Dangers Of Tradition In Shirley Jackson's The Lottery

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A tradition or idea that is followed and not questioned by some could potentially be dangerous or illogical. In Shirley Jackson’s short story “The Lottery”, the dangers of blindly following a tradition is portrayed. In “The Lottery,” a village gathers around every year on June 27th to hold a lottery. Mr. Summers leads the tradition every year. This lottery is very unusual; the winner will become the loser. The Hutchinson family is chosen at this year’s lottery. The mother, Tessie says it is unfair and she is ultimately the chosen winner of the lottery. The winner of this lottery is stoned to death by their neighbors. Whether a tradition is immoral or not, some follow traditions for no apparent reason other just following what they were taught. …show more content…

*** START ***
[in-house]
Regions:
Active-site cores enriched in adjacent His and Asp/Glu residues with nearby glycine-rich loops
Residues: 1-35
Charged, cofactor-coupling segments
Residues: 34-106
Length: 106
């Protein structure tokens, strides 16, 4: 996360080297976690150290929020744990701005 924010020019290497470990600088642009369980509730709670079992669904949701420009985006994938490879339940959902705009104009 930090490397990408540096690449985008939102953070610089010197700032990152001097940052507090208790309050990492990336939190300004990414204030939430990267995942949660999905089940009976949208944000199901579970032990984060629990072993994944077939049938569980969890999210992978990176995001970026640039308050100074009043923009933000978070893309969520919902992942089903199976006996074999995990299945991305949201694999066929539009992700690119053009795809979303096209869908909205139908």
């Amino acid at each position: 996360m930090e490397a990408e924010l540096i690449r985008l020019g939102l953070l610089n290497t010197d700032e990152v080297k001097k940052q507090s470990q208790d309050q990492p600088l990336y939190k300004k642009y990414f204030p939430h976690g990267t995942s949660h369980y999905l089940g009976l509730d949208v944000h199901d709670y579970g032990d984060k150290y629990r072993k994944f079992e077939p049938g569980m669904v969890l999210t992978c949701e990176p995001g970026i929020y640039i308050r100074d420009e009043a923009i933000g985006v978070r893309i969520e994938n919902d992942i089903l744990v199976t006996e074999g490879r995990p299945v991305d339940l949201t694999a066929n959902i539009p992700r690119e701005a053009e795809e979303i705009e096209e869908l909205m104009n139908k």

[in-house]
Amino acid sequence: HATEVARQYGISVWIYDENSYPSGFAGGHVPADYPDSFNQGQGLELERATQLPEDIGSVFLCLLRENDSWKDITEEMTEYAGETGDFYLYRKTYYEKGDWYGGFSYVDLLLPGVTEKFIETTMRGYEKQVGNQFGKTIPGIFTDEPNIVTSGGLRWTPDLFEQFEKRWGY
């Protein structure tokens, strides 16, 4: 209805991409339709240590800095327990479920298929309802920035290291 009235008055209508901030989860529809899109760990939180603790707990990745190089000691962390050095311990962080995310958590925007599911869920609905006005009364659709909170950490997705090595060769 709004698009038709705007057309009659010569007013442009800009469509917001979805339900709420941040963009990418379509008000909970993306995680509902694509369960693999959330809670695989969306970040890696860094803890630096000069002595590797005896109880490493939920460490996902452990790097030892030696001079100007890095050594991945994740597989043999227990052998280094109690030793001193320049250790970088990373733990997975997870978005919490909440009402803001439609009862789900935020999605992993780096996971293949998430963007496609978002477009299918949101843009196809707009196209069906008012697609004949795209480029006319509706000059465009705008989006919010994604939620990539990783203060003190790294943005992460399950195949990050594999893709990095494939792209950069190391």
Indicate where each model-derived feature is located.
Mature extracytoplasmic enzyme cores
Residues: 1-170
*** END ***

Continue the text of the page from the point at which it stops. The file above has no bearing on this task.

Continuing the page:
Jackson demonstration of irony is very prevalent throughout the story. The lottery is being held on a “clear and sunny, with the fresh warmth of a full-summer day” (291). It’s ironic that the lottery is being held on a beautiful summer day, the description of the weather gives the impression that the tradition is something good. The Hutchinson family is chosen for the lottery and Mrs. Hutchinson claims it’s unfair. The whole family has to draw again. The irony of the lottery is that it’s random and everyone has the same chance of being picked, it also exposes what kind of character Mrs. Hutchinson is. Mrs. Hutchinson at first is thought to be a caring mother, but when under pressure, instead of attempting to protect her children, she selfishly wanted to include all her children, specifically her married daughter, in the drawing to make them “take their chance” (299), to improve her chances of survival. Mrs. Delacroix and Mrs. Hutchinson are good friends, joking about Mrs. Hutchinson’s tardiness to the drawing. Although they’re friends, “Mrs. Delacroix selected a stone so large she had to pick it up with both hands” (301) and promotes the stoning of Mrs. Hutchinson. The irony of the friendship is that the ritual is so embedded in the community that Mrs. Delacroix does not hesitate to murder her good

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